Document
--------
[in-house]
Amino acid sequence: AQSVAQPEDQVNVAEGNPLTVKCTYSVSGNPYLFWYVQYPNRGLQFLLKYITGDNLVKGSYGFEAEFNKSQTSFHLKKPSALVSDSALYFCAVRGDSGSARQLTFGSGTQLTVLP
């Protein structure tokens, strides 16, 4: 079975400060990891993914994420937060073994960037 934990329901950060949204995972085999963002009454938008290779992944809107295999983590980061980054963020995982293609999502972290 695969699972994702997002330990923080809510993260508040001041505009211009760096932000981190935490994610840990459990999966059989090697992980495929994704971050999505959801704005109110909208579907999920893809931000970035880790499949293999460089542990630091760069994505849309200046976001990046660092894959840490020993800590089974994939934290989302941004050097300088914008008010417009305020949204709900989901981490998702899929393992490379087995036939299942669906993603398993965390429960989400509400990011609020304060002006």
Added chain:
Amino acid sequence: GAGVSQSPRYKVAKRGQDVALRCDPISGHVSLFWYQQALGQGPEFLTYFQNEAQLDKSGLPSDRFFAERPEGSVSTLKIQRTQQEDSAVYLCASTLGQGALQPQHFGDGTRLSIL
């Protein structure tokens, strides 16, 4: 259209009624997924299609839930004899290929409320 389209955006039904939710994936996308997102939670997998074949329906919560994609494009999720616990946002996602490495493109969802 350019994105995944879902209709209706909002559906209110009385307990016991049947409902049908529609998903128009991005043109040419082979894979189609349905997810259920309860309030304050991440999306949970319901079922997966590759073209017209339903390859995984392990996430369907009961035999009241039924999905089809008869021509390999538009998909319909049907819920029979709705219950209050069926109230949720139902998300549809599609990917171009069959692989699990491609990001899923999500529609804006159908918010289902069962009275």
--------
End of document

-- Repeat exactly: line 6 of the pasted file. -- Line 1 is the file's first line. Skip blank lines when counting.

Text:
């Protein structure tokens, strides 16, 4: 259209009624997924299609839930004899290929409320 389209955006039904939710994936996308997102939670997998074949329906919560994609494009999720616990946002996602490495493109969802 350019994105995944879902209709209706909002559906209110009385307990016991049947409902049908529609998903128009991005043109040419082979894979189609349905997810259920309860309030304050991440999306949970319901079922997966590759073209017209339903390859995984392990996430369907009961035999009241039924999905089809008869021509390999538009998909319909049907819920029979709705219950209050069926109230949720139902998300549809599609990917171009069959692989699990491609990001899923999500529609804006159908918010289902069962009275």